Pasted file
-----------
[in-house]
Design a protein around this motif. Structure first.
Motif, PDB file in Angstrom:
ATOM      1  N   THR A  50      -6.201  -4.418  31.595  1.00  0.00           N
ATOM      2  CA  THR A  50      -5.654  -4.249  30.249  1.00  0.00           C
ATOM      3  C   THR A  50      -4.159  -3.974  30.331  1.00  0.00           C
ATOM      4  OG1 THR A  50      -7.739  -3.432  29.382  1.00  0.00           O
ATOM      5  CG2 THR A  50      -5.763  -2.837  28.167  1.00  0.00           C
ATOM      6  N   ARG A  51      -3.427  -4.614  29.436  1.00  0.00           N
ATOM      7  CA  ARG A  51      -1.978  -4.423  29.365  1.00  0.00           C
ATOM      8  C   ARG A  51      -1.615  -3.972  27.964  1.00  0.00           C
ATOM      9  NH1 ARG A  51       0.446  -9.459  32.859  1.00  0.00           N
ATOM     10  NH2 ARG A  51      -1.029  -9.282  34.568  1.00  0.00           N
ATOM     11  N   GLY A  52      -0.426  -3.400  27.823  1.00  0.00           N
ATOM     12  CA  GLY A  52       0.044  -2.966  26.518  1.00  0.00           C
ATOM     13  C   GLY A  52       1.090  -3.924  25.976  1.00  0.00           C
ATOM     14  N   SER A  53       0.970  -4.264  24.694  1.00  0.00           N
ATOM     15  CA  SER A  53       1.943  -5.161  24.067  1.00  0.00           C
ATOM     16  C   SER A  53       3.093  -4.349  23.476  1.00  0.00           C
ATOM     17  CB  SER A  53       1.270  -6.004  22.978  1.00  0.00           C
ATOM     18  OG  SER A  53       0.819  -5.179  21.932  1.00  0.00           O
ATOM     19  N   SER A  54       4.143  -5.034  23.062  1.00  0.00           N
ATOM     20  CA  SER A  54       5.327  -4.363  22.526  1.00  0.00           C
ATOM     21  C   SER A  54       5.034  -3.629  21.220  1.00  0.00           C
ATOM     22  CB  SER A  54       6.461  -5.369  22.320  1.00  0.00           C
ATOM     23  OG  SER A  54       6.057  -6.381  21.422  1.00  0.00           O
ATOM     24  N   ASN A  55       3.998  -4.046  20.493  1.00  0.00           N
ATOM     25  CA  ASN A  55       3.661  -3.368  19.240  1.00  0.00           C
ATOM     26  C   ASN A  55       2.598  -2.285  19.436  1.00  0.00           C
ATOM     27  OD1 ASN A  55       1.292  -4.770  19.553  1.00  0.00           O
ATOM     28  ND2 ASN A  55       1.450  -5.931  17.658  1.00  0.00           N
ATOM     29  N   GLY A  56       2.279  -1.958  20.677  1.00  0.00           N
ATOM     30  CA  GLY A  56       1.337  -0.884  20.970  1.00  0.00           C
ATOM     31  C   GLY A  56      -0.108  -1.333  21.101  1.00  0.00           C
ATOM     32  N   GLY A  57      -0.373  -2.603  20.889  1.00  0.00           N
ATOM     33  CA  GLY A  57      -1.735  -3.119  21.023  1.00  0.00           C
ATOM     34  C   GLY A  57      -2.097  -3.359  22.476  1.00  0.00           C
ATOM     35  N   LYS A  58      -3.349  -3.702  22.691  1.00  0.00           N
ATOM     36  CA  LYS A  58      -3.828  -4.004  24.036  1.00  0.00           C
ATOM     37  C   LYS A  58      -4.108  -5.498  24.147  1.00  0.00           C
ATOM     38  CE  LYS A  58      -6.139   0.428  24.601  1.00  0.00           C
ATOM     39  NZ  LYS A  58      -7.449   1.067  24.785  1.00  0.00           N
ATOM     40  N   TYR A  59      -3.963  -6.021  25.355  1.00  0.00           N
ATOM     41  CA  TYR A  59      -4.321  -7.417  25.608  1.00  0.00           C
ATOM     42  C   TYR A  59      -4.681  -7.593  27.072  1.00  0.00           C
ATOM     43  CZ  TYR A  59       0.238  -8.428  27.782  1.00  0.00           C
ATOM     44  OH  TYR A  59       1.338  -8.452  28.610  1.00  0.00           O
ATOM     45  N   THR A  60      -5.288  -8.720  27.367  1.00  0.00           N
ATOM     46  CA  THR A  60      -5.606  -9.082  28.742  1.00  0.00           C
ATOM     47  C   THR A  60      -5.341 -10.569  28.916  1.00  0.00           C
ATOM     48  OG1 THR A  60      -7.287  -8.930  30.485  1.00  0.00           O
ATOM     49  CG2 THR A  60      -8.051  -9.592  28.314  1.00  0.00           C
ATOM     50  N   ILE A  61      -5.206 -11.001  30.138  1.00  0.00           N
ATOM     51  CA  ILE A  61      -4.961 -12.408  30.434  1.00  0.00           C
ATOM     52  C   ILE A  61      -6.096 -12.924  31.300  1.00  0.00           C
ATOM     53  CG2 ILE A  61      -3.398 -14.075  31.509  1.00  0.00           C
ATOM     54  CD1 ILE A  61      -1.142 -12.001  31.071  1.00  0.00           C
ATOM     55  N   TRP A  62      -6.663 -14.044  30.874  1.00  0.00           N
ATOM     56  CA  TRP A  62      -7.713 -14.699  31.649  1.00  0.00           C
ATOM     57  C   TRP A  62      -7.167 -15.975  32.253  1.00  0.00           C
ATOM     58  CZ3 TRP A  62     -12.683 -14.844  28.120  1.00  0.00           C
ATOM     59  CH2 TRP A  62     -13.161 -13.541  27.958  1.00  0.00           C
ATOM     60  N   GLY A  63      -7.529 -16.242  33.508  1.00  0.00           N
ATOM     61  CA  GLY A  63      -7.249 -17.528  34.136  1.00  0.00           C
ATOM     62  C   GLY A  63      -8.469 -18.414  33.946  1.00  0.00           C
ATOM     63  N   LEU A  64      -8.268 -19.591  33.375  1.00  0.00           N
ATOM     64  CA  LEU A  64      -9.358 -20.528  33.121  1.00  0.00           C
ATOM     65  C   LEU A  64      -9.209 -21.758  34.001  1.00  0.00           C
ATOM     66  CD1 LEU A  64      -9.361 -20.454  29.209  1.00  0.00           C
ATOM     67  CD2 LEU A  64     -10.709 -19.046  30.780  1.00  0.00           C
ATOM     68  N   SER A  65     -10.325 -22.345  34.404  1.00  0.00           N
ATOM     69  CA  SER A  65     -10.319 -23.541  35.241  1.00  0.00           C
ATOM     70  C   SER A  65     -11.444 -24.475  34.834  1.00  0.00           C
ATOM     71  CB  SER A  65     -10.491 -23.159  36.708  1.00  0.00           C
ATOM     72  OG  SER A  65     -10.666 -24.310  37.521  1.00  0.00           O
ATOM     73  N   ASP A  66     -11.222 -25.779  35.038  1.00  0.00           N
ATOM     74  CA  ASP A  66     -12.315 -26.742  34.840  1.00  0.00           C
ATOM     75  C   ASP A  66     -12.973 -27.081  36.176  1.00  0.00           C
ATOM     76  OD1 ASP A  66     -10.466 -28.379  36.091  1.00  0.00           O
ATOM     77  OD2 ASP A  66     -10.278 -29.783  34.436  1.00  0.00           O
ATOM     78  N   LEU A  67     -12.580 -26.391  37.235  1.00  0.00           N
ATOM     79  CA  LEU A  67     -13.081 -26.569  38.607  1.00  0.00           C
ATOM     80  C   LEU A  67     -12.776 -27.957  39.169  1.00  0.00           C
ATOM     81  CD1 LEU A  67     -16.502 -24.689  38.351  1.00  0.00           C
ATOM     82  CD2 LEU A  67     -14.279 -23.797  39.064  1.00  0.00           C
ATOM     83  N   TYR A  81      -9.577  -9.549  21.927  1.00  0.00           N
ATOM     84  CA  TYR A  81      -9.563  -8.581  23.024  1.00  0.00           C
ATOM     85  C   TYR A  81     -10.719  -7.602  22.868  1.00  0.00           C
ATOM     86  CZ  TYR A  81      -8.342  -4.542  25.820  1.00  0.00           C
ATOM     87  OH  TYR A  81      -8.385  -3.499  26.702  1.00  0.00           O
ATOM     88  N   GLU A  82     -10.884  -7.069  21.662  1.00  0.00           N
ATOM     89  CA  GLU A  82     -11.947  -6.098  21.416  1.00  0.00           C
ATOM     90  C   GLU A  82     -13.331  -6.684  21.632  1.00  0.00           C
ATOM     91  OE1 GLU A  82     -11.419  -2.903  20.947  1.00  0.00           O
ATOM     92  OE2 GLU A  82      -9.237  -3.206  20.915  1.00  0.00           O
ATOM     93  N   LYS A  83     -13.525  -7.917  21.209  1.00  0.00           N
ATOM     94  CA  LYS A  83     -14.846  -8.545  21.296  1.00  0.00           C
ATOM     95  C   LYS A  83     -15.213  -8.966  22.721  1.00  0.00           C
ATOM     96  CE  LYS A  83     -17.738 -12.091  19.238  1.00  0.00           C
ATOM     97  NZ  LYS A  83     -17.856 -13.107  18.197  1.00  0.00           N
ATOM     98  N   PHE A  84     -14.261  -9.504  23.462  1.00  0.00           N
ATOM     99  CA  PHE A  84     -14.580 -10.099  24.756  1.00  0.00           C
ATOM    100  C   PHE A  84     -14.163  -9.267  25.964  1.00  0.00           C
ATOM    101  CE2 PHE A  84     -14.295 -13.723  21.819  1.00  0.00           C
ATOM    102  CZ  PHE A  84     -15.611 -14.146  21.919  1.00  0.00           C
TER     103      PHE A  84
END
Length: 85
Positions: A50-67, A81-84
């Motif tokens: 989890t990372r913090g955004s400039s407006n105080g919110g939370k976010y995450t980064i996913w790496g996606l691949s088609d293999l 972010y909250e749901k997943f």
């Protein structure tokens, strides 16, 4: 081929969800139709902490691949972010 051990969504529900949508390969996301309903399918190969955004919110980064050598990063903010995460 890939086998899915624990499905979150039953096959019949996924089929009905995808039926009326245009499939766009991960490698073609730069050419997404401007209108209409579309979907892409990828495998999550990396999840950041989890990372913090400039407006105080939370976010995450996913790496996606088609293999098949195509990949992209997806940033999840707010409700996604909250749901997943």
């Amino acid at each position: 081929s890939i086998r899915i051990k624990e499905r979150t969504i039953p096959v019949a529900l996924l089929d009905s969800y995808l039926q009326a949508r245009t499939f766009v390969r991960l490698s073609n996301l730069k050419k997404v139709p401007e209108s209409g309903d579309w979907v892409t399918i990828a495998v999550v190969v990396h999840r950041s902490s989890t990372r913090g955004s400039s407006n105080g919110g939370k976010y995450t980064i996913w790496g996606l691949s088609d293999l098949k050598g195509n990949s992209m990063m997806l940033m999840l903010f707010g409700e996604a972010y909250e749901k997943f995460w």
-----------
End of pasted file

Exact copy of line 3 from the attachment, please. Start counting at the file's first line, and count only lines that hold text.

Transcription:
Motif, PDB file in Angstrom: